It’s summer and strawberries are showing up on sale in the supermarket. Although homegrown berries or berries purchased from the local farmer’s market could produce a particularly tasty jam, fresh berries in season from a supermarket will do just fine.
- 8 cups whole, fresh strawberries
- 7 cups sugar
- 4 tablespoons lemon juice
- 1 package (1.75 ounces) powdered fruit pectin
Clean eight to ten 8-ounce jam jars and place on a rack in a boiling-water canner. Fill the pot and jars with enough water to cover the top of the jars by an inch. Cover and bring to a simmer (180 degrees Fahrenheit) over medium heat. Do not boil.
Place lids in a small saucepan and cover with water. Bring to a simmer (180 degrees Fahrenheit) over medium heat. Do not boil. Keep the jars and lids warm until ready to use.
Measure the sugar into a bowl and set aside. Then, wash the strawberries and remove the hulls with a sharp knife. Crush the berries slightly with a potato masher in a large bowl. Transfer 5 cups of crushed berries into a large, 2-quart pot.
Add lemon juice to the strawberries in the pot. Whisk in the pectin until dissolved and bring the strawberries to a rolling boil over high heat, stirring frequently. Add sugar and continue stirring until the mixture returns to a full rolling boil that is difficult to stir down. Stir on a hard boil for 1-2 minutes, then remove from the heat and skim foam off the top with a slotted spoon.
Use a funnel to fill one prepared jar at a time. Ladle the hot jam into each jar, leaving 1/4 inch of headspace. If the jam is thick, insert a small rubber spatula between the jam and the inside of each jar to remove air bubbles. Clean the rim of each jar with a damp cloth, if necessary, and cover it with a prepared lid. Place a screw band on each jar and tighten until resistance is met. The screw band should be tight enough to seal the jar, but not so tight that air cannot be released during the canning process. Return each jar to the canner and repeat until all jam has been used.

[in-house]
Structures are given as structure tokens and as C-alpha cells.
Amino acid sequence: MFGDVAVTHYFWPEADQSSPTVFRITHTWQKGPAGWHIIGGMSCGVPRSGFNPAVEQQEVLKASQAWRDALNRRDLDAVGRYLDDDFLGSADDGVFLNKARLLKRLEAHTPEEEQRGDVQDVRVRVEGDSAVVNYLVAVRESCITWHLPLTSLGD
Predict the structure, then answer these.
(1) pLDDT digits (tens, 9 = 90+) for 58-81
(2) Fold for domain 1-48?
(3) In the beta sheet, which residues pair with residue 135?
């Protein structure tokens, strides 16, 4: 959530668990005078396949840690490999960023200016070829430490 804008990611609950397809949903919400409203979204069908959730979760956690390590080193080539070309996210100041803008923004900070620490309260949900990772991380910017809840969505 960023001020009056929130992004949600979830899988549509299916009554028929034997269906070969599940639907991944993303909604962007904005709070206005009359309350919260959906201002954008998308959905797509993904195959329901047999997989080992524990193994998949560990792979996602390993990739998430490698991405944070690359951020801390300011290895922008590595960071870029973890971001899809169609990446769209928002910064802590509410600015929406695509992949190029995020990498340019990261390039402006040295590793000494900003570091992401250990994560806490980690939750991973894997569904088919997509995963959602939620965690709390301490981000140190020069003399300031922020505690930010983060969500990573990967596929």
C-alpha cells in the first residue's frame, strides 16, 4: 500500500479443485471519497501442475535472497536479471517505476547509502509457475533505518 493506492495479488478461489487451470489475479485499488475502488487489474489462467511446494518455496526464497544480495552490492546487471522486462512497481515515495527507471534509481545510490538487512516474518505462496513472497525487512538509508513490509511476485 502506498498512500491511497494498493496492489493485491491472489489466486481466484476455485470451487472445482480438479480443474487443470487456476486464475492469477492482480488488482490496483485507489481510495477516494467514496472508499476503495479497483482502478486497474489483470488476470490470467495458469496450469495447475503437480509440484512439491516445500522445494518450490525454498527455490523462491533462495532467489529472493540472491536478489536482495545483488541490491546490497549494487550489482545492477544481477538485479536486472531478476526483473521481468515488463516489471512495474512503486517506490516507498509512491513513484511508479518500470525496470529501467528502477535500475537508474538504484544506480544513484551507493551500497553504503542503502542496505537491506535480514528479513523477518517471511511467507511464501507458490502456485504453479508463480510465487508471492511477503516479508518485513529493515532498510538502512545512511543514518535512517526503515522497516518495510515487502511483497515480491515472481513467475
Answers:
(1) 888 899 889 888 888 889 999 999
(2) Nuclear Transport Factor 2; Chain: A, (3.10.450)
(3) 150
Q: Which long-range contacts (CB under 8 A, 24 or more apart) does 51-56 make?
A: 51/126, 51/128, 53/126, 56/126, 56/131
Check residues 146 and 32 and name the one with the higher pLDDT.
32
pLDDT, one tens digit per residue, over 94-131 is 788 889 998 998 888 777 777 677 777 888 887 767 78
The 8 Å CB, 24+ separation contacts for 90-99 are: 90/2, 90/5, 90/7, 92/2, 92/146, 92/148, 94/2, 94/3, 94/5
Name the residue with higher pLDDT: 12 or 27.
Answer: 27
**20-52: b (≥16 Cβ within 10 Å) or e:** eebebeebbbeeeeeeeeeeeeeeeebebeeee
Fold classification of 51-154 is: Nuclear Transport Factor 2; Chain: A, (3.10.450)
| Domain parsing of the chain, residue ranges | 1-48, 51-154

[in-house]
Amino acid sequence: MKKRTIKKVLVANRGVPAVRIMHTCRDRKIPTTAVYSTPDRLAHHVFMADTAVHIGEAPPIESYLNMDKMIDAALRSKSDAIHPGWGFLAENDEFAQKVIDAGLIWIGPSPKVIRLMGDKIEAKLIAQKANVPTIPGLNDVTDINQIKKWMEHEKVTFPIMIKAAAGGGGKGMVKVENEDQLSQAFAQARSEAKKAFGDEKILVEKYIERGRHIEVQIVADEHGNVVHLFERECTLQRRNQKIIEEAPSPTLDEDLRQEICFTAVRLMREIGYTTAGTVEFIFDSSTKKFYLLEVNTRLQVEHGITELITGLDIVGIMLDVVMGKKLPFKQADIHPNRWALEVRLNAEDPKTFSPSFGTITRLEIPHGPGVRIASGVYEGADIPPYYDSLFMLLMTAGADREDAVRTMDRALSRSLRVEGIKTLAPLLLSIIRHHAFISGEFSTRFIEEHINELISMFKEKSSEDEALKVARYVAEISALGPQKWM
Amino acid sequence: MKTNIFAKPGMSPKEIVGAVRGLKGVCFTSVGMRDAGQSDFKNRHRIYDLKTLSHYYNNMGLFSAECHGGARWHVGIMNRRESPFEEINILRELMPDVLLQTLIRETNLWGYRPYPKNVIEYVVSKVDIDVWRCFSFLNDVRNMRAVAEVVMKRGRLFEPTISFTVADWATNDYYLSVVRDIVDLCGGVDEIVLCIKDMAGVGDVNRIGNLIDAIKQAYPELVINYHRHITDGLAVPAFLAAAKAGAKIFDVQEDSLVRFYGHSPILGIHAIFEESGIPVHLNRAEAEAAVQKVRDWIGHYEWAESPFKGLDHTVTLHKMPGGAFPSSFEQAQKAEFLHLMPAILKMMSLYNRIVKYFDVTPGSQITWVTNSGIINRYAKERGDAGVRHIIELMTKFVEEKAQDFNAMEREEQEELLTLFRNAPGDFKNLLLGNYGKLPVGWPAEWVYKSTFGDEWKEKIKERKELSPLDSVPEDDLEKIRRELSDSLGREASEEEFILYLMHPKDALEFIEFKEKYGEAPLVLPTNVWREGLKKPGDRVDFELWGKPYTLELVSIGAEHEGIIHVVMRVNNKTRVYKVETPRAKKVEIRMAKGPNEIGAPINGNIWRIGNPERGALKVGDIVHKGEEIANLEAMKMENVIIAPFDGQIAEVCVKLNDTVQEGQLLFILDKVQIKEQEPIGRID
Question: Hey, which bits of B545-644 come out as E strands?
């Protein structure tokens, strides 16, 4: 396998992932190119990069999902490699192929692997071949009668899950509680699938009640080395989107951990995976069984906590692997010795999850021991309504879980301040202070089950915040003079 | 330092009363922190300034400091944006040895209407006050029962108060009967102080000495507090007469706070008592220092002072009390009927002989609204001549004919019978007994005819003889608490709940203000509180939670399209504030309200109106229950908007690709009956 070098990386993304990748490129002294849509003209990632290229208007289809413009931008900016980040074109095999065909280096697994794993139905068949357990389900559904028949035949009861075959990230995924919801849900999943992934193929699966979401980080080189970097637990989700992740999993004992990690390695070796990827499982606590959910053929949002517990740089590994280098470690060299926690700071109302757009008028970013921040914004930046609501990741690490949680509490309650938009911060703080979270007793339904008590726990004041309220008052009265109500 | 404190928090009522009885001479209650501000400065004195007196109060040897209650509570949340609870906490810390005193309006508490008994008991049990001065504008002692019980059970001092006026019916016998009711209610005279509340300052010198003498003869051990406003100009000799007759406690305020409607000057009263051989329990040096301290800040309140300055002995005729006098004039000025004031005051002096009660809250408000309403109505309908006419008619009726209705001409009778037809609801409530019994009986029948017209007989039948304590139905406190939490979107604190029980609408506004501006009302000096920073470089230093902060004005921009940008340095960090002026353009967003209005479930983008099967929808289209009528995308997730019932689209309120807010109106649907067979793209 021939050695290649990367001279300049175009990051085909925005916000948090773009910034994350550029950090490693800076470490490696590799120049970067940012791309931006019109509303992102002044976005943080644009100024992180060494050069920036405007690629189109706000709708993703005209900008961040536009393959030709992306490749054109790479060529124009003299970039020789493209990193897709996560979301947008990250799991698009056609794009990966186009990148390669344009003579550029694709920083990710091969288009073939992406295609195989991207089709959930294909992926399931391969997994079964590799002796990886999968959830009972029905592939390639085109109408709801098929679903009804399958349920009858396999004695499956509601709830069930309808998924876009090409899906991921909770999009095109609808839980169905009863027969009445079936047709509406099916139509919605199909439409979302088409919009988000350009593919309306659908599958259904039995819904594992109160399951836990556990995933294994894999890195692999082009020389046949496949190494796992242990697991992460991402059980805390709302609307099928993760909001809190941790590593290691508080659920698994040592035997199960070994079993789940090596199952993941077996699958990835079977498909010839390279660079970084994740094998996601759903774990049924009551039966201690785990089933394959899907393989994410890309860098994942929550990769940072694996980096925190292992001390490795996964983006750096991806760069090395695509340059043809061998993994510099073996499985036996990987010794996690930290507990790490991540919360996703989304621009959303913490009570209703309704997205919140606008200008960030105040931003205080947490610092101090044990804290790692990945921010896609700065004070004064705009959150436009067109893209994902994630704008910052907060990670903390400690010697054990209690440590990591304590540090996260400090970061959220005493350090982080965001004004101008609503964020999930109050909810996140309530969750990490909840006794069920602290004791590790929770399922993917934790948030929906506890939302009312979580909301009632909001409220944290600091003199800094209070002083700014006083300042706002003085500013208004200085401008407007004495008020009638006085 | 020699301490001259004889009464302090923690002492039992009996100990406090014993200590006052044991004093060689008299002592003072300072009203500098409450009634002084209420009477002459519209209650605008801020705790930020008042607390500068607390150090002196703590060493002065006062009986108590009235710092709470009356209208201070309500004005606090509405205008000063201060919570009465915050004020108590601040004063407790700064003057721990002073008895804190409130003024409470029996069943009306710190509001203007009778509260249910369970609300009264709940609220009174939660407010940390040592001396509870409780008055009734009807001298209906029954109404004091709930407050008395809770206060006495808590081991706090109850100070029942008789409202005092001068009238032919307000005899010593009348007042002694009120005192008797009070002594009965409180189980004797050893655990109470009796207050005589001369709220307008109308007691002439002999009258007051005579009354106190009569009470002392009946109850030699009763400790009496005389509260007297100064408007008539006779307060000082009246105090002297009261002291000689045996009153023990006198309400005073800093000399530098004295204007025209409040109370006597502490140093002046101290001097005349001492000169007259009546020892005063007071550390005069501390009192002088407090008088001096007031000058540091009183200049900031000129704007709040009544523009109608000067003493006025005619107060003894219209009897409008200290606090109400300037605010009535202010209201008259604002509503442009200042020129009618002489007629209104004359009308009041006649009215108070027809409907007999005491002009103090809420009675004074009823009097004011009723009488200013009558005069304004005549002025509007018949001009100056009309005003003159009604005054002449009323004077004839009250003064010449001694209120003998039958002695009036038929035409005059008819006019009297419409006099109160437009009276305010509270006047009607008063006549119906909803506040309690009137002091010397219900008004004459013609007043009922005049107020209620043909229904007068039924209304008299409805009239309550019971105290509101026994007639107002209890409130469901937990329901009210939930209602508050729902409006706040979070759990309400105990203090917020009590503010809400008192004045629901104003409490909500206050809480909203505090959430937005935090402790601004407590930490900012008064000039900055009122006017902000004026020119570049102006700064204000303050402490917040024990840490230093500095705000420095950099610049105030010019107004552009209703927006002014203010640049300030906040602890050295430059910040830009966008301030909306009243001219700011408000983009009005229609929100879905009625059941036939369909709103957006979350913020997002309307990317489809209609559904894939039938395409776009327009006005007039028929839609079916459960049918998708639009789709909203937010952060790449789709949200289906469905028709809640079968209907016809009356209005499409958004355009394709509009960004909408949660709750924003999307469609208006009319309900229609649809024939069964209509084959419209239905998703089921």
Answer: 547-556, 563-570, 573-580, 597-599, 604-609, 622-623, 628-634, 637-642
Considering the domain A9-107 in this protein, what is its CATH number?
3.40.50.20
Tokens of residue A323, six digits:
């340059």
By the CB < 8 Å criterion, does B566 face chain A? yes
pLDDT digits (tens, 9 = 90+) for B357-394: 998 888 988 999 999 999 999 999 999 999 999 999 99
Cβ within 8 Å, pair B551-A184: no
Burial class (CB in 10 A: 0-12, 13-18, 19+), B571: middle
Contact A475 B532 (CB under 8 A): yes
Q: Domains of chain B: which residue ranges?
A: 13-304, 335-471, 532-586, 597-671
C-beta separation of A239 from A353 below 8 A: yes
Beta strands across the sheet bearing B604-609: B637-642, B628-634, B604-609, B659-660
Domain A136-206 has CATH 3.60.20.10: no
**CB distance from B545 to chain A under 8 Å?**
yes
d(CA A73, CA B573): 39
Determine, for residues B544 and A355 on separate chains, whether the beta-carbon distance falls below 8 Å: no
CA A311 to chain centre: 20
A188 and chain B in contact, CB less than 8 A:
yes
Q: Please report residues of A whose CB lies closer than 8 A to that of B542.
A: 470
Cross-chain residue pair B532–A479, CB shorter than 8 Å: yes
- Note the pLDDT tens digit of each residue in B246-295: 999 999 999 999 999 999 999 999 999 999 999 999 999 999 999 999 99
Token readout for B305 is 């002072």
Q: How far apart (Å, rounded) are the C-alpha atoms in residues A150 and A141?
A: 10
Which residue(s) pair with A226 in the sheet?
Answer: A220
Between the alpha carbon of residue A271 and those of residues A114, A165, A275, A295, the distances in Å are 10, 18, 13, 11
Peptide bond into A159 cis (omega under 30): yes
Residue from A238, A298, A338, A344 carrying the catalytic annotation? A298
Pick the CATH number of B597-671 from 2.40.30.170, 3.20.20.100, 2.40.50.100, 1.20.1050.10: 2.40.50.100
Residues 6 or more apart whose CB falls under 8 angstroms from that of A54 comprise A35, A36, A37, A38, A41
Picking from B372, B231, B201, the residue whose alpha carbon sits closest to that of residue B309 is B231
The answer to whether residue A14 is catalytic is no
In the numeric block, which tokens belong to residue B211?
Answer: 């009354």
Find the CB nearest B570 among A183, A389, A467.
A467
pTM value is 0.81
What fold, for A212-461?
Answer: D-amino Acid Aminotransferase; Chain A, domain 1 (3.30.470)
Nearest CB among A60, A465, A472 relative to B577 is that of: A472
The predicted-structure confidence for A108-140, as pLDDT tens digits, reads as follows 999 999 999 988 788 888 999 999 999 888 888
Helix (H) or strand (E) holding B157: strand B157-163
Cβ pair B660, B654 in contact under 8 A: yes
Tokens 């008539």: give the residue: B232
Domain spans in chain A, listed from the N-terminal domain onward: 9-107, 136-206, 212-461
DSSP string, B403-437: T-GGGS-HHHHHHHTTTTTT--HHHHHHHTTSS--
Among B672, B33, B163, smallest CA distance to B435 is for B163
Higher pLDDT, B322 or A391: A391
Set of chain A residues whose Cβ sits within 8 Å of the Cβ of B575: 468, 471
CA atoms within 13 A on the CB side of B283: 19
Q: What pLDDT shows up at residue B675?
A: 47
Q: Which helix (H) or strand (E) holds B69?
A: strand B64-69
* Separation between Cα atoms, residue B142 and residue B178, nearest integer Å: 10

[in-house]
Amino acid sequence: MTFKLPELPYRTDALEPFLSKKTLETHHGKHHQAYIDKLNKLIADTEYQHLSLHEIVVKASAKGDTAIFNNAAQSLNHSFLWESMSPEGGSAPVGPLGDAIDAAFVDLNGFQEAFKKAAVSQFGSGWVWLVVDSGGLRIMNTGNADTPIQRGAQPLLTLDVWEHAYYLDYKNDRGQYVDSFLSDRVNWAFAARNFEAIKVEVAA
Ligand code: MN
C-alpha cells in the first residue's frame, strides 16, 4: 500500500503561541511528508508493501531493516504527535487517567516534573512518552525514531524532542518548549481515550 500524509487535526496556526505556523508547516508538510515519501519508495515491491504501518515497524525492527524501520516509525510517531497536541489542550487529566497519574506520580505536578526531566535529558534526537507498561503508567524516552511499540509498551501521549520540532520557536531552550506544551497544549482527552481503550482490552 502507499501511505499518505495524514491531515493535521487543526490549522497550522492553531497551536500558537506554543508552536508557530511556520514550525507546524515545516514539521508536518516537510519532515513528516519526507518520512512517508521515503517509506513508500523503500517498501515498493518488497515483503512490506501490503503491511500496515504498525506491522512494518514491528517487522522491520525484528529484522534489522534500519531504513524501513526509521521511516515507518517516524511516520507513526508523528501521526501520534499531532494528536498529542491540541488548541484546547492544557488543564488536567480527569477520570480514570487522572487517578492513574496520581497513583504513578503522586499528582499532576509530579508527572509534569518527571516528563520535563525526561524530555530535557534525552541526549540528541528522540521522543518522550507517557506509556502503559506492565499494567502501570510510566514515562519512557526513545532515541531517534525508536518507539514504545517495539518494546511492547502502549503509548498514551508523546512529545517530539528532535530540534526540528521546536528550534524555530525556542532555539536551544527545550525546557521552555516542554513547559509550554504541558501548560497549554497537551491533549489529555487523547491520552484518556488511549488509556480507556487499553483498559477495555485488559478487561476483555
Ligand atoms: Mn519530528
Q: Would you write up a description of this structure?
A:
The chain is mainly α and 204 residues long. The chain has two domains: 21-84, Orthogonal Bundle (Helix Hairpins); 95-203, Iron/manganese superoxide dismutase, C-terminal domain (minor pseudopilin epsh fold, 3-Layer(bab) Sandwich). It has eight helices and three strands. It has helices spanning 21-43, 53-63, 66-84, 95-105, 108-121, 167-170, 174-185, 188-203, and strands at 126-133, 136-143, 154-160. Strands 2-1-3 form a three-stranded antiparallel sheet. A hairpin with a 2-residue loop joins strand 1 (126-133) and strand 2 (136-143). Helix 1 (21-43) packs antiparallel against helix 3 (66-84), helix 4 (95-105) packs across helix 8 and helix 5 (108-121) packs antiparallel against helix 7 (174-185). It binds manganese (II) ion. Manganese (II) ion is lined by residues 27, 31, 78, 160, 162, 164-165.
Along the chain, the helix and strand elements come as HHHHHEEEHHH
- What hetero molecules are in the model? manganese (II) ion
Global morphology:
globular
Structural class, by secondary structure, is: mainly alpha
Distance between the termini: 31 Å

When all of the jars have been filled and returned to the pot, add additional water (if necessary) to cover them by an inch. Cover and bring to a rolling boil over high heat. As soon as the water reaches a rolling boil, set a timer for 10 minutes to let the jam process. Once the timer goes off, remove the lid and turn off the heat. Let the jars sit in the canner for 5 minutes; then remove them (without tilting) and place on a towel to cool, undisturbed, for 24 hours.
After 24 hours have passed, check to make sure that the jars are properly sealed. A sealed jar will have a concave lid and won’t budge when pressed. Immediately refrigerate or reprocess any jars that haven’t sealed. Loosen or remove the screw bands and store sealed jars in a cool, dry, and dark place. Gift as gifts or use in recipes like these peanut butter and jelly blondies.
Note: canning and preserving can be an extremely finicky and potentially dangerous process. Jams don’t always turn out as thick or as thin as you’d like; and they often won’t reach their final consistency for days after being processed. If the jam is thick, then you might use it as a filling for tarts. If it is too then, then use at as a syrup for waffles or pancakes. When you open a sealed jar, you should still feel a great deal of resistance. If the lid comes off easily and/or the jam looks or smells funny, don’t use it!